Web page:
So I installed two packages this year (first time bee keeper) and I had one package do perfectly and the other completely died in 2 days.
Package 1 (healthy and still thriving)--I installed it early April. It was around 55 degrees but the installation went well and the queen has been strong and great the whole time.
Package 2--I installed it a few weeks later. The day I installed it was the same temp as when I installed the first package but it was rainy on and off the next few days. I did an oxalic acid dribble on both the package and the few week old hive because I saw that Brushy mountain recommended doing to packages because the mites are 100% exposed.
There was NO syrup can in the package and they seemed really sluggish. Here is what I did:
1) I sprayed them with sugar water, but not too heavily because it was slightly cold (55 degrees or so) and I didnít want to hurt them
2) I hung the queen and dumped the package on top of her. Some clustered around her and some fell to the bottom.
3) I placed the package upside down on the frames so the last few could come out when they were ready and placed an empty brood box over it
4) I put on a top feeder on top, added an entrance reducer, and put the cover and lid on.
I noticed that there were a LOT of drones in this package. I donít remember seeing any in my other package, but it was my first, so maybe I didnít notice them. They didnít seem like they had as much energy as the first package either. None of them fanned the hive like the others did and few came out but just flew away or fell off the landing board. I didnít notice any of them coming and going or inspecting the area.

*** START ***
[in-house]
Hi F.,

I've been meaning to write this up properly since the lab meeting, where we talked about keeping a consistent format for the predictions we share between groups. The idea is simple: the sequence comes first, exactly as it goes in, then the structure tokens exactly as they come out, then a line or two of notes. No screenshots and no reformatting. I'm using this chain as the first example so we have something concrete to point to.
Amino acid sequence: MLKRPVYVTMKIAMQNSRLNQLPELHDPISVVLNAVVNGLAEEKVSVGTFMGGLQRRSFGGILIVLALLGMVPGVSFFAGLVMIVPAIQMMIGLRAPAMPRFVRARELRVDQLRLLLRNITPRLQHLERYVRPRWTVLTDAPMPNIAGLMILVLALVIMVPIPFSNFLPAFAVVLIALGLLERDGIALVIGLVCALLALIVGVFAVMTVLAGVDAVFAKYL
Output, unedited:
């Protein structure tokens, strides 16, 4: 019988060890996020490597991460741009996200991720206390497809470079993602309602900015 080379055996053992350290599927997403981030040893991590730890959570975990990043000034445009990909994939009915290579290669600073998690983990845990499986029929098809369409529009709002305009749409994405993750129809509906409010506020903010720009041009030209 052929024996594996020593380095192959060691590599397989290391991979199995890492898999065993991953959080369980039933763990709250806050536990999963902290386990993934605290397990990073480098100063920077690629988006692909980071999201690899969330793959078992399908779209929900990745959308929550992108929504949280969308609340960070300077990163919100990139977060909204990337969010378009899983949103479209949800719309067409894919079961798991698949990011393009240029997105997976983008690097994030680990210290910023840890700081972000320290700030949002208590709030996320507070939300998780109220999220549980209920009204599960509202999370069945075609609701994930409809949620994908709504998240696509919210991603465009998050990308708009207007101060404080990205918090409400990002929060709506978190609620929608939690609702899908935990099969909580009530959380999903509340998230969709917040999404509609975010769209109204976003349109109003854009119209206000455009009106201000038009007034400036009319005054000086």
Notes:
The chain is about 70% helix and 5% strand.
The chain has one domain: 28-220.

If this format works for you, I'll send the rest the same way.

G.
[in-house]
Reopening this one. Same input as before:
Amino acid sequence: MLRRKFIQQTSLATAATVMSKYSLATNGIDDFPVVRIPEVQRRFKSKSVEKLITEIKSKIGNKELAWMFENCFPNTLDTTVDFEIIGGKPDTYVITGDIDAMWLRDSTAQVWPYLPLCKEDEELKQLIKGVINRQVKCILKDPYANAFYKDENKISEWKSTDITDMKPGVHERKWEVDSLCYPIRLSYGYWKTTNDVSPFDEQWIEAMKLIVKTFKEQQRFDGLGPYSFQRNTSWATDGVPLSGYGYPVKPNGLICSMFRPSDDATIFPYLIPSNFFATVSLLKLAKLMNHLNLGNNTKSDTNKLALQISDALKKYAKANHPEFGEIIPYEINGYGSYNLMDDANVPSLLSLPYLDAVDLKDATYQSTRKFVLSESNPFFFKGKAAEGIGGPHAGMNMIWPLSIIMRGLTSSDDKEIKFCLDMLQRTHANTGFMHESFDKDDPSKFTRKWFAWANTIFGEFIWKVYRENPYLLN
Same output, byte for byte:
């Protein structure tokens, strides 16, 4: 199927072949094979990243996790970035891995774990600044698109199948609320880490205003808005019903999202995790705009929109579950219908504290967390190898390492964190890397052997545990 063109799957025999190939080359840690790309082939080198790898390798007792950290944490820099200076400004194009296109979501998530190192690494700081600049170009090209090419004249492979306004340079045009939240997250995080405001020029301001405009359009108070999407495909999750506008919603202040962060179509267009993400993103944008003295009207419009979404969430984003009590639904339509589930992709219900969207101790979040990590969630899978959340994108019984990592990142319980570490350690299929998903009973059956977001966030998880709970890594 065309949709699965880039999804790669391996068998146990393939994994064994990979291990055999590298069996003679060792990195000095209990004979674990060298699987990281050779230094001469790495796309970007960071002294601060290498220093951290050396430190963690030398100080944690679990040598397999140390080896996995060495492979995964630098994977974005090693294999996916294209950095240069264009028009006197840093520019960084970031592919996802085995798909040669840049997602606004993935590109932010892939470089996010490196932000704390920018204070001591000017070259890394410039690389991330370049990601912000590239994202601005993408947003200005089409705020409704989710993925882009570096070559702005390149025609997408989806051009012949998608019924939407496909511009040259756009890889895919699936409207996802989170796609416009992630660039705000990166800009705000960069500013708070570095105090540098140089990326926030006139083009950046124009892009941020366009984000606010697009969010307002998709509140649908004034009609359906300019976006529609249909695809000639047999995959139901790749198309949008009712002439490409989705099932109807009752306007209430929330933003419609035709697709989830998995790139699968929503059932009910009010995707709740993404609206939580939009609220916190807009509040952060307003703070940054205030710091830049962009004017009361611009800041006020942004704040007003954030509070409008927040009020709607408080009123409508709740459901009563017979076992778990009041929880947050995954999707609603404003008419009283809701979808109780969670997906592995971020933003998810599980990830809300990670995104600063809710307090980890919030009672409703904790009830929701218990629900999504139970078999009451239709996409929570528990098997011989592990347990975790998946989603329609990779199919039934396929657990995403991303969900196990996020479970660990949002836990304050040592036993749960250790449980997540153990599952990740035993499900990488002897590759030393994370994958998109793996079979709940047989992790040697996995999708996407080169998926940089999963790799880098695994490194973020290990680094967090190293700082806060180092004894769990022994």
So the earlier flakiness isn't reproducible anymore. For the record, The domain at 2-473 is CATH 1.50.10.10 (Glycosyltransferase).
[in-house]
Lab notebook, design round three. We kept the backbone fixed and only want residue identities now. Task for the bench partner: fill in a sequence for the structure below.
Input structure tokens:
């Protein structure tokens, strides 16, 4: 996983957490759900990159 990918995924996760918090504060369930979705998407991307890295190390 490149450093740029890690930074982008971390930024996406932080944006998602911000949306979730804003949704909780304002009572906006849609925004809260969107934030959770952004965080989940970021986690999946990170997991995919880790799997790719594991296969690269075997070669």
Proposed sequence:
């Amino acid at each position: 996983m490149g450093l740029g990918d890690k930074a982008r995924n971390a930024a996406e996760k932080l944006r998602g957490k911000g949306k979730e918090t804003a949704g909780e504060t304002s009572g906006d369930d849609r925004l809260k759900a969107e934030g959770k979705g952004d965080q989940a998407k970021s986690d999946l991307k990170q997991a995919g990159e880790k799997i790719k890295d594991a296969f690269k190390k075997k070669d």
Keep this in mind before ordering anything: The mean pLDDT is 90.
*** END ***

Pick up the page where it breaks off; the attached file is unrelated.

Day 2óchecked the hives. I go and watch several times a day. I noted a few dead on the older hive (six or so) and A TON of dead ones on the new hive. They were clogging the entrance reducer so I took it out and noticed even more behind it. I scooped the dead ones out of the way and saw a few live ones come out. I peeked under the lid to see if they had found the top feeder and they hadnít. I added a drop of lemon grass oil to get them to come up but didnít disturb the girls. I went to watch several times and the old hive had cleared away their dead, but there were more dead in front of the new hive. I assumed the death was due to the rain and stress of being installed.
Day 3óeven more dead on the landing board and when I peeked through the entrance, I noticed piles of them inside. I looked under the lid and saw that there were still no bees around the top feeder and saw through the feeder entrance piles of them dead inside too. I asked my mom what she recommended (she helps me care for them as they are on her property). She wanted to look at what was going on inside. We opened it and they were pretty much all dead, including the queen. A few (maybe a dozen) were still clinging to the package or made feeble movements, but the majority was in a massive pile of bee death.
Most of the dead bees had their tongues out and because they weren't shipped with a syrup can and because they hadn't found the top feeder, I assumed they were starving so I dribbled a bit of sugar water on them and closed them up.
I contacted the guy I got the bees from and he said they died because they were too wet. I know there is no way to 100% say why they died, but I would like to get other's feedback to see if anyone has had a similar problem. I later bought a nuc from this same guy because I wanted to have 2 hives, but this hive has been sluggish and weak. I am going to re-queen it this weekend but that story is here: https://www.beesource.com/forums/show...ient-Beekeeper
You can see that the few live bees in one of the pictures are dry so I don't think they died because they were wet...